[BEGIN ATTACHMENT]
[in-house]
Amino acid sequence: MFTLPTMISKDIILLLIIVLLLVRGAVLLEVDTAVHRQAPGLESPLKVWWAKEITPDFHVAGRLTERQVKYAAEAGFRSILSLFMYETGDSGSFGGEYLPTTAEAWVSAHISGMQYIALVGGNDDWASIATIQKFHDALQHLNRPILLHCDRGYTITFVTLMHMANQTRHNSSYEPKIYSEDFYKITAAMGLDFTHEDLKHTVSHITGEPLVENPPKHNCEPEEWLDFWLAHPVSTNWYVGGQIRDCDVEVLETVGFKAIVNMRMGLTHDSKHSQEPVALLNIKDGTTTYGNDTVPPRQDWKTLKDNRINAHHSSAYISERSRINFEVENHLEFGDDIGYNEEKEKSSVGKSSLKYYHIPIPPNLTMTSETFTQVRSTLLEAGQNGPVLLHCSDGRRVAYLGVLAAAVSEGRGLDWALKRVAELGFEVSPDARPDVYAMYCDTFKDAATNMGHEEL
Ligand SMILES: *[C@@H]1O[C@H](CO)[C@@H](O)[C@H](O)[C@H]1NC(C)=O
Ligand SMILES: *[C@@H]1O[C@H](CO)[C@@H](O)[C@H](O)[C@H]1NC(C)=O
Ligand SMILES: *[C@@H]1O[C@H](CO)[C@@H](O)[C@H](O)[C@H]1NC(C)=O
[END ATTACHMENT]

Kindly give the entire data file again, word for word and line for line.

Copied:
[in-house]
Amino acid sequence: MFTLPTMISKDIILLLIIVLLLVRGAVLLEVDTAVHRQAPGLESPLKVWWAKEITPDFHVAGRLTERQVKYAAEAGFRSILSLFMYETGDSGSFGGEYLPTTAEAWVSAHISGMQYIALVGGNDDWASIATIQKFHDALQHLNRPILLHCDRGYTITFVTLMHMANQTRHNSSYEPKIYSEDFYKITAAMGLDFTHEDLKHTVSHITGEPLVENPPKHNCEPEEWLDFWLAHPVSTNWYVGGQIRDCDVEVLETVGFKAIVNMRMGLTHDSKHSQEPVALLNIKDGTTTYGNDTVPPRQDWKTLKDNRINAHHSSAYISERSRINFEVENHLEFGDDIGYNEEKEKSSVGKSSLKYYHIPIPPNLTMTSETFTQVRSTLLEAGQNGPVLLHCSDGRRVAYLGVLAAAVSEGRGLDWALKRVAELGFEVSPDARPDVYAMYCDTFKDAATNMGHEEL
Ligand SMILES: *[C@@H]1O[C@H](CO)[C@@H](O)[C@H](O)[C@H]1NC(C)=O
Ligand SMILES: *[C@@H]1O[C@H](CO)[C@@H](O)[C@H](O)[C@H]1NC(C)=O
Ligand SMILES: *[C@@H]1O[C@H](CO)[C@@H](O)[C@H](O)[C@H]1NC(C)=O